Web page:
Perhaps in recognition of the concerns voiced regarding its new powers, TPR quickly followed up the act with a consultation on its proposed policy approach towards investigating and prosecuting the two new criminal offences set out above.
In broad terms, the message which comes across from the proposed policy is that the new powers simply give TPR more options to sanction behaviour that would already be caught by its existing powers. The policy intention is to increase the potential consequences for those who go beyond what TPR already considers current commercial norms, with a key objective being to deter unscrupulous behaviour. TPR has also been keen to reiterate that it is (and will continue to be) a risk based and proportionate regulator.
Despite these assurances, concerns remain that TPR’s new powers could have a detrimental impact on the UK’s corporate rescue culture and the willingness of third parties to engage with distressed employers with DB pension liabilities. But, the message from TPR has been that this is not its intention. However, it remains the case that the new civil and criminal sanctions are broadly drafted and that they potentially capture anyone dealing/involved with an employer with a DB pension scheme.
We could see a reluctance from third parties to engage with employers in distressed scenarios when they most need to secure additional funding or to trade themselves out of trouble. By way of example, a request for security which ranks over a DB pension scheme is a common ask from lenders lending “new money” to a distressed employer.
Could this amount to conduct risking accrued DB benefits? Would there be potential grounds for TPR to issue a civil sanction if the granting of the security diminishes the assets available to a DB pension scheme? Theoretically, yes, though this will come down to the reasonableness of the lender’s conduct in the eyes of TPR. In practice, this is likely to depend on what the outcome would have been if no security were granted. TPR will also take into account any mitigation provided to offset the risk and impact on the DB scheme.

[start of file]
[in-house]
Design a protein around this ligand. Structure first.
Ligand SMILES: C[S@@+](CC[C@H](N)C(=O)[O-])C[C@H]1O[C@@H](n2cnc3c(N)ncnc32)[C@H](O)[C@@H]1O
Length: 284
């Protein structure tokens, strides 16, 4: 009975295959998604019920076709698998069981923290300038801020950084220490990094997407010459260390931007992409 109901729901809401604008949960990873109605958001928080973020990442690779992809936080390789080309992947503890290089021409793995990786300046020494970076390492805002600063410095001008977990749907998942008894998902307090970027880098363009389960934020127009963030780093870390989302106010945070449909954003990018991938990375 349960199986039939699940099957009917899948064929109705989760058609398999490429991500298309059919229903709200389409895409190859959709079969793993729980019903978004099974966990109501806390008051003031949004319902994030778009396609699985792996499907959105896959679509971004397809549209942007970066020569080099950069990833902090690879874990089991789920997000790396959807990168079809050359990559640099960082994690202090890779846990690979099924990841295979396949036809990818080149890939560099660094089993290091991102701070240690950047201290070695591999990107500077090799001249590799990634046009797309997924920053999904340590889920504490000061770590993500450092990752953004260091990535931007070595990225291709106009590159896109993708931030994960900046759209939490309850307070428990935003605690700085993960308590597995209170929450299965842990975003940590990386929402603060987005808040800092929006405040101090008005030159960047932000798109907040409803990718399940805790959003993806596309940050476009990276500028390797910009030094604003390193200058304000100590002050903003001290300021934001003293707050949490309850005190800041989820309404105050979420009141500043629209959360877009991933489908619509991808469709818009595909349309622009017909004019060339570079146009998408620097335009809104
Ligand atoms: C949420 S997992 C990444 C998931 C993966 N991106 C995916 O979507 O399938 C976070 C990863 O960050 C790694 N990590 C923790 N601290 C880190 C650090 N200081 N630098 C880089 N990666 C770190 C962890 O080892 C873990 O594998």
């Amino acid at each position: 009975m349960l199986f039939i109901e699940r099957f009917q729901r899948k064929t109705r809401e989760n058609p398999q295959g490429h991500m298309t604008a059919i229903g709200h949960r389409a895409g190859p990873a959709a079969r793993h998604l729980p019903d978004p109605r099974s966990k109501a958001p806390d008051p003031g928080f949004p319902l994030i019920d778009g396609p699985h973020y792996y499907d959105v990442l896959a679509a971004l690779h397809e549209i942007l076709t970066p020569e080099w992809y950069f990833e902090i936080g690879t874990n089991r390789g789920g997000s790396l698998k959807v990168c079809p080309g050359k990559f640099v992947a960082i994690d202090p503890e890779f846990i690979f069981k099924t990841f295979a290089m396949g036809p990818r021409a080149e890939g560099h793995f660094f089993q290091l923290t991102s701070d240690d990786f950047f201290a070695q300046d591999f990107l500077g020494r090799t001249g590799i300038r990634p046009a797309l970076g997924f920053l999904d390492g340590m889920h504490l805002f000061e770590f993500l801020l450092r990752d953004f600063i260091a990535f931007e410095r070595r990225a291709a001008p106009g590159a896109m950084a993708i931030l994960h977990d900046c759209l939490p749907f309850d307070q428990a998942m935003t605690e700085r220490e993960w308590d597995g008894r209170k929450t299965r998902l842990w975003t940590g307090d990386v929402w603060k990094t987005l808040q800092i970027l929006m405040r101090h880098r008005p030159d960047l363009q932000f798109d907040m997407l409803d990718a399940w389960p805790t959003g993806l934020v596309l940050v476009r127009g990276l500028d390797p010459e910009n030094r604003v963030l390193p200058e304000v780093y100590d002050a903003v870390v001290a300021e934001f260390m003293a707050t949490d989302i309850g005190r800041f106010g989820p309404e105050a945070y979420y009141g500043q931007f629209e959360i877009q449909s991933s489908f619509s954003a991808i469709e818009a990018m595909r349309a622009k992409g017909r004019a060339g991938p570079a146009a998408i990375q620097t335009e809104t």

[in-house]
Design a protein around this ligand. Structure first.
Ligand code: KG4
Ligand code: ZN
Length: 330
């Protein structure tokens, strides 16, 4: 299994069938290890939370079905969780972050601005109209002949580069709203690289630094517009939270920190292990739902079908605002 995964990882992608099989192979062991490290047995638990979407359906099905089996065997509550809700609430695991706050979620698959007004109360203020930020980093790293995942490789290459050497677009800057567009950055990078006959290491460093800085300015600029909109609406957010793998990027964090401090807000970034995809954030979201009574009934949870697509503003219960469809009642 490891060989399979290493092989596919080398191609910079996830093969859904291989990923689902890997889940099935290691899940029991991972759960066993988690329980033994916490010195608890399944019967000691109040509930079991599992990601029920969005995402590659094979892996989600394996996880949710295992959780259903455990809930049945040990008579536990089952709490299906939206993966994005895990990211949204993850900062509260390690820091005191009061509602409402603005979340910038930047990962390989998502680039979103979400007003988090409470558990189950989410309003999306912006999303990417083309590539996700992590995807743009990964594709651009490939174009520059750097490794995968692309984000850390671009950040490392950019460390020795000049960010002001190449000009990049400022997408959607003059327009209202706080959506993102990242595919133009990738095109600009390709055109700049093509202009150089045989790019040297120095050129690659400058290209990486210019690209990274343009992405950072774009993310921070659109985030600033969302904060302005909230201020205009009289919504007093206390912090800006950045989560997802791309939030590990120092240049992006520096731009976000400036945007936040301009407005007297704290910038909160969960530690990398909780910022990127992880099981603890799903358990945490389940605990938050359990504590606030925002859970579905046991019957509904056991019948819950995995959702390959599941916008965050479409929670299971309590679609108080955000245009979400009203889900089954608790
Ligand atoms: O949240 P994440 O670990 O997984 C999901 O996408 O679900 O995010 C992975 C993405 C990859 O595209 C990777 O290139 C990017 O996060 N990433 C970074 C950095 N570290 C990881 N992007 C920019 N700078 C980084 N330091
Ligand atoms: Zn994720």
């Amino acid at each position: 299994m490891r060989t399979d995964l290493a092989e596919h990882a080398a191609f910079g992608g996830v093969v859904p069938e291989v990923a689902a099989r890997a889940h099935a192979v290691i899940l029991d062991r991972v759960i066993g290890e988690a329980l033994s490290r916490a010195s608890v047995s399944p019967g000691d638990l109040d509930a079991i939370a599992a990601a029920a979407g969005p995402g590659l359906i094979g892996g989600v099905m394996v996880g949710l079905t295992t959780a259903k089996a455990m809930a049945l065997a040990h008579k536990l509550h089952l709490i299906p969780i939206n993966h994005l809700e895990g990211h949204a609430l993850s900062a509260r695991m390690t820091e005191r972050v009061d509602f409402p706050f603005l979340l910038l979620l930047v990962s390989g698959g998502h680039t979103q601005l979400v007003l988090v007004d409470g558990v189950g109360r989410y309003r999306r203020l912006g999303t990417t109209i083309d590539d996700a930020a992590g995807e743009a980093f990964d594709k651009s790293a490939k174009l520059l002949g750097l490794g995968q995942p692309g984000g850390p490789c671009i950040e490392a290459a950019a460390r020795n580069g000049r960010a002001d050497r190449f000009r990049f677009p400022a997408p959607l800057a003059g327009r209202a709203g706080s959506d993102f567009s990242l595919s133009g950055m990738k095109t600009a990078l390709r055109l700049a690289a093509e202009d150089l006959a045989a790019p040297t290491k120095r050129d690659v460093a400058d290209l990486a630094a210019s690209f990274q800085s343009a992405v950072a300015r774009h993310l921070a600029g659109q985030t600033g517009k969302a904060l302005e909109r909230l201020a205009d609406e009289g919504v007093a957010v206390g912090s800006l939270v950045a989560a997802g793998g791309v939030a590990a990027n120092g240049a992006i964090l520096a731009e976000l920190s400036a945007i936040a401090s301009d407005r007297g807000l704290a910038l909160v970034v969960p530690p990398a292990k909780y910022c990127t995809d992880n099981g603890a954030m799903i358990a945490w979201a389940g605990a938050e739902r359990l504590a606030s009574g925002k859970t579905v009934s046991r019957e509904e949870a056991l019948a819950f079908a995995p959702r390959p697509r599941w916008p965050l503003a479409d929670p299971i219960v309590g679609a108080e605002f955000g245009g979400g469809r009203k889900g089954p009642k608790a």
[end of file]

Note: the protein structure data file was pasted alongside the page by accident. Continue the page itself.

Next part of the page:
Impact on advisors
There is a slight warning bell for advisers in TPR’s draft policy, as it makes clear that anyone who helps or encourages someone to commit either of the new offences is liable to be tried and punished in the same way as the principal offender. Could this capture professional advisers? It is worth noting that nothing in the new legislation protects lawyers or other professionals (other than insolvency practitioners). However, TPR does emphasise that an adviser will not be liable if they have a reasonable excuse for advising in the way they did, even in circumstances where the principal may be found liable.
Recognising professional judgement may differ, it is reassuring that TPR makes it clear that, in most instances, “a professional person, acting in accordance with their professional duties, conduct, obligations and ethical standards applicable to the type of the advice being given, is likely to have a reasonable excuse”.
The UK’s corporate rescue culture
So, will the act give rise to significant changes to the UK’s corporate rescue culture? Probably not, but we might see additional complexity and the need for more legal advice in restructuring scenarios where there is a DB pension scheme. There may be more caution exercised by companies and professional advisers around the use of pre-packs in the future.
It will also be interesting to see how lenders react to the potential double whammy of TPR’s new powers and any significant uptick in the number of distressed employer scenarios following the removal of the remaining government support for businesses put in place during the pandemic.
It also remains to be seen whether TPR’s new powers will have an impact on the use of the relatively new option of a restructuring plan introduced by the Corporate Insolvency and Governance Act 2020 (which includes the controversial option to ‘cram down’ dissenting creditors), and whether an attempt will be made to use this restructuring option to compromise DB pension schemes liabilities in the future.
Nigel Cayless is senior counsel at Sackers sackers.com